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Chinese tech titan Alibaba Group has introduced its Hanguang 800 - the first homegrown high performance AI interference chip - as it seeks to adopt more artificial intelligence and aims for digital efficiency. The announcement was made today during Alibaba Cloud’s annual Apsara Computing Conference in Hangzhou.
The chip was created by T-Head, the unit that leads the development of chips for edge and cloud computing within DAMO Academy, Alibaba’s global research institute. As revenues of the global AI chip market are estimated to grow to $10.14 billion, Alibaba has strategically entered a lucrative sector. According to research firm Canalys, Alibaba towers over cloud computing rivals in China, commanding 47% of the market for cloud infrastructure services in the first quarter of 2019.
The corporation’s foray into the chip sector comes amid efforts by Beijing to promote China’s semiconductor industry and reduce the country’s reliance on foreign imports of core technologies. The launch of Hanguang 800 follows that of Ascend 910, Huawei’s AI semiconductor chip, announced last month, which is aimed at data centers. The capital city labeled semiconductors as a critical part of the "Made in China 2025" vision – a government plan developed to boost the production of higher-value products. China aims to produce 40% of the semiconductors it uses by 2020.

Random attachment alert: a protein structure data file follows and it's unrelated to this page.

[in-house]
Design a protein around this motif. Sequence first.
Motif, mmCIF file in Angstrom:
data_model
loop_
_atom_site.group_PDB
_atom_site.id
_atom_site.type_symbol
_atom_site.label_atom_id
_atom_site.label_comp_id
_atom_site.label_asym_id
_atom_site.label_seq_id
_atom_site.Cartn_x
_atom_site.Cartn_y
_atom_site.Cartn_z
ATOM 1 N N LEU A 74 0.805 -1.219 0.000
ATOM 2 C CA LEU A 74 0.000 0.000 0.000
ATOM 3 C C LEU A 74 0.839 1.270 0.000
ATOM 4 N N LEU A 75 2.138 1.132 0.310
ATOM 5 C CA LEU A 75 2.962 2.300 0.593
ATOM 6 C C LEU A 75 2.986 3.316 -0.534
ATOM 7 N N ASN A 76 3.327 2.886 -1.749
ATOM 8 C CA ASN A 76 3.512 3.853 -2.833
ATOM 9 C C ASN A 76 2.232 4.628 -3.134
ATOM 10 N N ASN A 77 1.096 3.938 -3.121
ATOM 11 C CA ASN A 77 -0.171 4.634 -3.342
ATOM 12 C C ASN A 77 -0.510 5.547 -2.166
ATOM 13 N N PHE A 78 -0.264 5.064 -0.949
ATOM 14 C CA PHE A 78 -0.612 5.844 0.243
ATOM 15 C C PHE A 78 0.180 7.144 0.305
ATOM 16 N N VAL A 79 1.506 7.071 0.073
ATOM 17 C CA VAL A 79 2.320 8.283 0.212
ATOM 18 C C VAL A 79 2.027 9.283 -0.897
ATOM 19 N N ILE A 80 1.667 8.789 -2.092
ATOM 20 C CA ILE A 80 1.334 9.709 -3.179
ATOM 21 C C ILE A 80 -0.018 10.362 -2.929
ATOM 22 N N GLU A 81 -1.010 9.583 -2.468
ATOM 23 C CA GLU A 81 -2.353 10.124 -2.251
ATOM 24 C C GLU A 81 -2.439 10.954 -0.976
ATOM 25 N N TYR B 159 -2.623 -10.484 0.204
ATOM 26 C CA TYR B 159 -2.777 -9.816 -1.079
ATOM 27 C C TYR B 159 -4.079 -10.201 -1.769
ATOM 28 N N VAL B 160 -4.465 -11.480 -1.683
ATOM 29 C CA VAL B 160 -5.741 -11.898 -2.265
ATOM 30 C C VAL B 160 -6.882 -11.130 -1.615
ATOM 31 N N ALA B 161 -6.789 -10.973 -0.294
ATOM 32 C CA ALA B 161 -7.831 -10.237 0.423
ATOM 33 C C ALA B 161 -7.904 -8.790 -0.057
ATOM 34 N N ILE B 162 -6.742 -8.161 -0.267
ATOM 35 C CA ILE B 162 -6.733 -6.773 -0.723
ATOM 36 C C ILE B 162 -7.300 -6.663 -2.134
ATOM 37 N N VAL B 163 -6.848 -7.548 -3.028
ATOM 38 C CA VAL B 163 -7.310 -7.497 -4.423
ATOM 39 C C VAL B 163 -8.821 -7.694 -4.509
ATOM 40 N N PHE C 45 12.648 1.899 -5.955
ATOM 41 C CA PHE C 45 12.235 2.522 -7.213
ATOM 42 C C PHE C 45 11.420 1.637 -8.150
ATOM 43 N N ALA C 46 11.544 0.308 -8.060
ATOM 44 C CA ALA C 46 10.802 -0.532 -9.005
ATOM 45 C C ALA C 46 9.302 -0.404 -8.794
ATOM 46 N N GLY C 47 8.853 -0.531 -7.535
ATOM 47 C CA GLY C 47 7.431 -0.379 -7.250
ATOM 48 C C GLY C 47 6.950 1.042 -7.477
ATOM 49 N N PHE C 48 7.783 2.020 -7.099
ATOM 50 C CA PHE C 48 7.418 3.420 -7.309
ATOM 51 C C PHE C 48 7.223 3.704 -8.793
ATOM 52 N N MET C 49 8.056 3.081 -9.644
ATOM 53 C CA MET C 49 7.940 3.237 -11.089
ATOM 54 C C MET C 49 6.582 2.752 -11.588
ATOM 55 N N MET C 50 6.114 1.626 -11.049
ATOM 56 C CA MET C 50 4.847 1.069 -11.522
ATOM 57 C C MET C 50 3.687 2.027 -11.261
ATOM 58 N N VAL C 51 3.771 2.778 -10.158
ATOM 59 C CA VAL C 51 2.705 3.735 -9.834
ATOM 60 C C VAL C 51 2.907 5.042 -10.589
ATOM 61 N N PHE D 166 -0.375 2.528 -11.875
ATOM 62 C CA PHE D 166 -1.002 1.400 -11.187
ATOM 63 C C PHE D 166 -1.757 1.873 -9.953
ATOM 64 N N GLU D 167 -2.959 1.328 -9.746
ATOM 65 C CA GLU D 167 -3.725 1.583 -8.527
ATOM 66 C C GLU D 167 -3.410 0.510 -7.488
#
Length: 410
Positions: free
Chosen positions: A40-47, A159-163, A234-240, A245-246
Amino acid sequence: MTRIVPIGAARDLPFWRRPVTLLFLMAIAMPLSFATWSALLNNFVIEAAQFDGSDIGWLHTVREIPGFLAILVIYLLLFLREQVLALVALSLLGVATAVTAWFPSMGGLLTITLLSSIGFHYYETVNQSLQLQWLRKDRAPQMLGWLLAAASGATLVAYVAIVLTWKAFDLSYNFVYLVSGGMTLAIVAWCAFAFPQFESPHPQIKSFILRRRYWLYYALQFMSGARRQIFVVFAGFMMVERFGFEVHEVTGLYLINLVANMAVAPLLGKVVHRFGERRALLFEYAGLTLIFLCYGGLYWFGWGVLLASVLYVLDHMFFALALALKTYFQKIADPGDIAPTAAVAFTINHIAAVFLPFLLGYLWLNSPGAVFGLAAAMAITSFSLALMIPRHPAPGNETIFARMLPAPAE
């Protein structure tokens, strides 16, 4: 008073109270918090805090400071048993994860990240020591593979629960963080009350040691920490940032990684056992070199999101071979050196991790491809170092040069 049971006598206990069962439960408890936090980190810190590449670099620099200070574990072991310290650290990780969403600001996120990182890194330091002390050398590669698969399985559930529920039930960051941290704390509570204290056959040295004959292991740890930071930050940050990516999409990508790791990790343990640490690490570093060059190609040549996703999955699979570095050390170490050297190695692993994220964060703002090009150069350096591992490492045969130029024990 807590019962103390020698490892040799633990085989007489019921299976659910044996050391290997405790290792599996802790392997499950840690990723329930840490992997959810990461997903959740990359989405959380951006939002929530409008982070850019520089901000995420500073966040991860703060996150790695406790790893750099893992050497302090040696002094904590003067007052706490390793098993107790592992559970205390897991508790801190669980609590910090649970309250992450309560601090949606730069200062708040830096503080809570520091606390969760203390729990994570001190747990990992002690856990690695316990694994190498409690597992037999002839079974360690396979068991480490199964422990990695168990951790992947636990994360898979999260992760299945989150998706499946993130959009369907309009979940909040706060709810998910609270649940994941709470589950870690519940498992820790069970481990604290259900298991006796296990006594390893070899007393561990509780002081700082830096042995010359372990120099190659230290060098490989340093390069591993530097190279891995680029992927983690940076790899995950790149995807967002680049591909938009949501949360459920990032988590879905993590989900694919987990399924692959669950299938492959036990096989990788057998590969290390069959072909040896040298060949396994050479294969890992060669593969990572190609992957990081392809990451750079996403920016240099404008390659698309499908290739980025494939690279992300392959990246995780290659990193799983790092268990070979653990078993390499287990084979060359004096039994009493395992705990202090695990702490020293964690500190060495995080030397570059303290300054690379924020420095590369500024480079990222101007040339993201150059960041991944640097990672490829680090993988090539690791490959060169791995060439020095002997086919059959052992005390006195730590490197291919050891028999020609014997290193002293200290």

The company’s first self-developed AI chip is currently being used within Alibaba to power product search, automatic translation, and personalized recommendations on Chinese e-commerce websites. Alibaba claims that the Hanguang 800 chip is able to cut tedious tasks that would normally take an hour, down to just five minutes.
“The launch of Hanguang 800 is an important step in our pursuit of next-generation technologies, boosting computing capabilities that will drive both our current and emerging businesses while improving energy-efficiency,” Alibaba CTO Jeff Zhang said in a statement. Zhang was responsible for leading the DAMO Academy when it was first established in 2017.
Although Alibaba hasn’t disclosed a timeline on when the chip will be available to its cloud customers, the chip may help Chinese firms reduce their dependency on U.S. technology as the trade war makes business partnerships between Chinese and American tech companies tougher.